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Loss Control Insights

Identifying and De-Escalating Workplace Violence

One of the most visible examples of workplace violence happened several months ago when a television journalist and her cameraman were murdered on live TV by a former coworker. For every act of workplace violence that gets this level of attention, many more cases go completely unnoticed. According to the Occupational Safety and Health Administration, two million American workers report being victims of some form of workplace violence each year.

Are You at Risk of Workplace Violence?
Although incidents of workplace violence have been reported at nearly every type and size of business, some employees are at greater risk. Among them are people who exchange money, people who work with the public, delivery drivers, healthcare professionals, public service workers, customer service representatives, law enforcement personnel and those who work alone or in small groups. A zero tolerance policy toward workplace violence is a necessary component of any prevention program. Employees should be trained and ready to reduce these types of incidents by understanding how to recognize and de-escalate a potentially violent situation.

Identifying and Responding to the Stages of Violent Behavior
Workplace violence rarely begins with the violent act. The act is the culmination of several stages of aggressive behavior. The better attuned you are to identifying these stages and responding appropriately, the greater the likelihood of defusing a potentially dangerous situation.

What to Look for: How to Respond:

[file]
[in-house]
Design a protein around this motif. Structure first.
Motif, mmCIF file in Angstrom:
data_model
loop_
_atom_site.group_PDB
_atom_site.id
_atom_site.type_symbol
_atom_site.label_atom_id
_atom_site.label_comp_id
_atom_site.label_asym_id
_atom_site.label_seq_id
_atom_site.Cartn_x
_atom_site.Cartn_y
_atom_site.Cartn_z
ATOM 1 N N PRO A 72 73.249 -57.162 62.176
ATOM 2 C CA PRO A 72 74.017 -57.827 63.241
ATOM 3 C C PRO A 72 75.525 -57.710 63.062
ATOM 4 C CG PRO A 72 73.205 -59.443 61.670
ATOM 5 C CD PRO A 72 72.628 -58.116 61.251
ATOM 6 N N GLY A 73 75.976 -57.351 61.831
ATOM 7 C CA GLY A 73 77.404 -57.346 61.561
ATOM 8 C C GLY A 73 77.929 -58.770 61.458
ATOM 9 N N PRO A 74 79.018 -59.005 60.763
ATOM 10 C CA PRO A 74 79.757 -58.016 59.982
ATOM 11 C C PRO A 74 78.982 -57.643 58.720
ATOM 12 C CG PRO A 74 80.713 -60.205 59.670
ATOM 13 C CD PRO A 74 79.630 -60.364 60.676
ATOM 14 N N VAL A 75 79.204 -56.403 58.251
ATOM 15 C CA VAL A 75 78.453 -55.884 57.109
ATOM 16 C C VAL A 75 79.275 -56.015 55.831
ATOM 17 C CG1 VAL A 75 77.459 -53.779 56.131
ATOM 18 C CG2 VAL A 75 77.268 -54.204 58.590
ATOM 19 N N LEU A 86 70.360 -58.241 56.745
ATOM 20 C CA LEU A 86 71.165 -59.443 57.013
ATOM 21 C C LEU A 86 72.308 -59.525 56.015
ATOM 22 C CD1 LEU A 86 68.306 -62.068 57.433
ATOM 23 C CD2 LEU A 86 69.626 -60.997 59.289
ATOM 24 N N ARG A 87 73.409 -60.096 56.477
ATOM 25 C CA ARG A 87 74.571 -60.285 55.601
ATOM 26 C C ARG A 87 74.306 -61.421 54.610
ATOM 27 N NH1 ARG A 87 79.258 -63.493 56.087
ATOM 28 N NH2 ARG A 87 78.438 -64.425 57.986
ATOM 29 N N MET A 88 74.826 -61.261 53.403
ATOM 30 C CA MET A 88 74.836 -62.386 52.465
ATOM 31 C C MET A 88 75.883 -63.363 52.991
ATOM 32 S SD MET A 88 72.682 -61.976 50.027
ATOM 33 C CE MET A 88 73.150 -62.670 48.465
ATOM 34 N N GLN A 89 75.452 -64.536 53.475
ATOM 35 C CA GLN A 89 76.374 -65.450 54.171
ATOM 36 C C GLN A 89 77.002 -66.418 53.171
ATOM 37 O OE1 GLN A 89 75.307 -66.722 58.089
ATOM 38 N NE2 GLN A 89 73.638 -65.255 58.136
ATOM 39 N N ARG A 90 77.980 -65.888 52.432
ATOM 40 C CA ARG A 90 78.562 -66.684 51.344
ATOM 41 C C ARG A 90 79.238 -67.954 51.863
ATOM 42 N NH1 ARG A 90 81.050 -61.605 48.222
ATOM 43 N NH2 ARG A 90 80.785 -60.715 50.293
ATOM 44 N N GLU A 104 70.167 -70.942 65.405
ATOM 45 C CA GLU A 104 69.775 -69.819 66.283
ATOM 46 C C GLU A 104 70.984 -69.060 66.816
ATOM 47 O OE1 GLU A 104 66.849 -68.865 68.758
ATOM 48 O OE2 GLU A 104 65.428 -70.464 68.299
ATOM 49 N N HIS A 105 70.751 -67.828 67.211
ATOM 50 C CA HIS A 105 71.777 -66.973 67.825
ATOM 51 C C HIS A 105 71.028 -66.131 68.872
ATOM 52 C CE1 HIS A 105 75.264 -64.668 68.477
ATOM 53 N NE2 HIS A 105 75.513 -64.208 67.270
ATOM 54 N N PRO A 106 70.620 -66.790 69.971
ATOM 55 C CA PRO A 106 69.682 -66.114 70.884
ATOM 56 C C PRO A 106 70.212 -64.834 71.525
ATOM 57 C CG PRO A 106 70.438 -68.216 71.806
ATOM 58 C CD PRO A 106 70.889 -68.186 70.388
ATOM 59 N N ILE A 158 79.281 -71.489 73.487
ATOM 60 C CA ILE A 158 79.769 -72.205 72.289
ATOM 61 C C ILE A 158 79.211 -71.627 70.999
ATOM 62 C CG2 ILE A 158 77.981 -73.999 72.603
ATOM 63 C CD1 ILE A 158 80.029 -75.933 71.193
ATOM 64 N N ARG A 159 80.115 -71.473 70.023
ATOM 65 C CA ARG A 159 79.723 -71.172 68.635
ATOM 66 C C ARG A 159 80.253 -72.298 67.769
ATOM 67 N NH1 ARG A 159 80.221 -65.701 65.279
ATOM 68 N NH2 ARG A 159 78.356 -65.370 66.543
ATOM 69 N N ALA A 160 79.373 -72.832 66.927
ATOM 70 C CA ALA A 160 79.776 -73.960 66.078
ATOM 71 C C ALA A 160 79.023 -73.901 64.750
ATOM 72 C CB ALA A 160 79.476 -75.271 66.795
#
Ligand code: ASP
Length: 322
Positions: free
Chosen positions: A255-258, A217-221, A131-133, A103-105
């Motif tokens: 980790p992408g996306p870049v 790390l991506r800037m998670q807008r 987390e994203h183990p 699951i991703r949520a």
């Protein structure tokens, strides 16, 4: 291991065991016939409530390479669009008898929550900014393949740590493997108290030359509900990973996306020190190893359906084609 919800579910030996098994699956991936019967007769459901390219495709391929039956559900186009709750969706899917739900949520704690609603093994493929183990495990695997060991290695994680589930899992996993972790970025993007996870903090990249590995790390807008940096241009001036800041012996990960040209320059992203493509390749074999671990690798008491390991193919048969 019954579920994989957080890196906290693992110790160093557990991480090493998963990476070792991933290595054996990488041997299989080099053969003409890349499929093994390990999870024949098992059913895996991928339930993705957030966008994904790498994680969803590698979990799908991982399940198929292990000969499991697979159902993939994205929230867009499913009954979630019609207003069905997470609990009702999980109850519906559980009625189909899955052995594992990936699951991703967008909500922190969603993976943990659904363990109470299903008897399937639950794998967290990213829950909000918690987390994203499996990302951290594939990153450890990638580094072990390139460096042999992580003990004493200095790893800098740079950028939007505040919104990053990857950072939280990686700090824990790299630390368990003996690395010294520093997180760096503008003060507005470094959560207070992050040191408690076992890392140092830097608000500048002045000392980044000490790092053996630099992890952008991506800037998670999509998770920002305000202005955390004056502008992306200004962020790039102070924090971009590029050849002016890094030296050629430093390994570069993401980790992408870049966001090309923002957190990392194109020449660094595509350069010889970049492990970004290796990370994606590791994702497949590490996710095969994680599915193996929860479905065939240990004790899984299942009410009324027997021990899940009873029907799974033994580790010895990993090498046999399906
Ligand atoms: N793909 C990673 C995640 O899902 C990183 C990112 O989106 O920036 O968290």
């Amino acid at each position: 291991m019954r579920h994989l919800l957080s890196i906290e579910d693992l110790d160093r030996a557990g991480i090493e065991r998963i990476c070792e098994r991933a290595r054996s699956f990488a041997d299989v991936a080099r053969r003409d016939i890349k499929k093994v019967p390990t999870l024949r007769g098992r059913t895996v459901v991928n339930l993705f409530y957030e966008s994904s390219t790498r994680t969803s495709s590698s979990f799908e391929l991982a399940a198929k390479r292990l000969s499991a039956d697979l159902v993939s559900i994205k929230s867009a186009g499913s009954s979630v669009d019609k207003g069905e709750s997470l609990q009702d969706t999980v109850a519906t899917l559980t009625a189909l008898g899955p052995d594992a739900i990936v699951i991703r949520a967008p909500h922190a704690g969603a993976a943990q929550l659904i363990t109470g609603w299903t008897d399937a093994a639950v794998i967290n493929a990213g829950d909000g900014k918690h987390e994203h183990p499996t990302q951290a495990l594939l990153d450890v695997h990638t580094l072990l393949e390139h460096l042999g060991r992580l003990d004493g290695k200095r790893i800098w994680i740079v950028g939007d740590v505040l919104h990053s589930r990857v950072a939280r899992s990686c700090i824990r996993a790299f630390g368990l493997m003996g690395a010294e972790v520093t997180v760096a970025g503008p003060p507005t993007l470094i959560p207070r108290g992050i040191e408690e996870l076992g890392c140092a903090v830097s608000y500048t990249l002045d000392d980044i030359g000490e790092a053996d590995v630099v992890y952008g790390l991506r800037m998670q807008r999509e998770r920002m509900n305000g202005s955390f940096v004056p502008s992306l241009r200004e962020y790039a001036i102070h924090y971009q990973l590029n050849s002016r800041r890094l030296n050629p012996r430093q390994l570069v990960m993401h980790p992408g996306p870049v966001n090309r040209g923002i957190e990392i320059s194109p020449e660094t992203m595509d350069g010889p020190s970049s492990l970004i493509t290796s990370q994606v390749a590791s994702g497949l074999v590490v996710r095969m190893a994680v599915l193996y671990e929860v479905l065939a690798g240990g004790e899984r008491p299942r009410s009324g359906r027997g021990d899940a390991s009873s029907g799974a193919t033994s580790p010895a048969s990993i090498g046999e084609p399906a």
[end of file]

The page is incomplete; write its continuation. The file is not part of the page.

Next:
The individual you are dealing with begins drumming their fingers, tapping a pencil, breathing rapidly and showing signs of tension and discomfort.

Be nonjudgmental and empathetic. Ask supportive questions and offer your full attention to alleviate their anxiety.
During this stage, people may become disrespectful and belligerent, or start to challenge authority.

Give simple, reasonable directions (five words or less). Do not make threats. Provide consequences for the aggressor’s choices.
Individuals begin to make verbal threats of physical violence or position themselves in an intimidating manner.

Follow predetermined emergency procedures, including seeking immediate assistance. Avoid being alone.
There is physical contact between you and any part of the aggressor’s body.

Seek safety. Implement emergency response procedures and contact law enforcement.

Preventing Workplace Violence Is an Ongoing Activity
Training employees on ways to de-escalate violent behavior is only part of a comprehensive workplace violence prevention program. Other elements of effective programs include:

  • Installing video surveillance, extra lighting, alarm systems and minimizing access to the building
  • Providing drop safes to limit the amount of cash on hand
  • Instructing employees not to enter any location where they feel unsafe
  • Conducting follow-up assessments after any act of workplace violence

Arm Yourself With Information
Interested in learning more about how to protect your organization and employees from acts of workplace violence? Check out these helpful resources: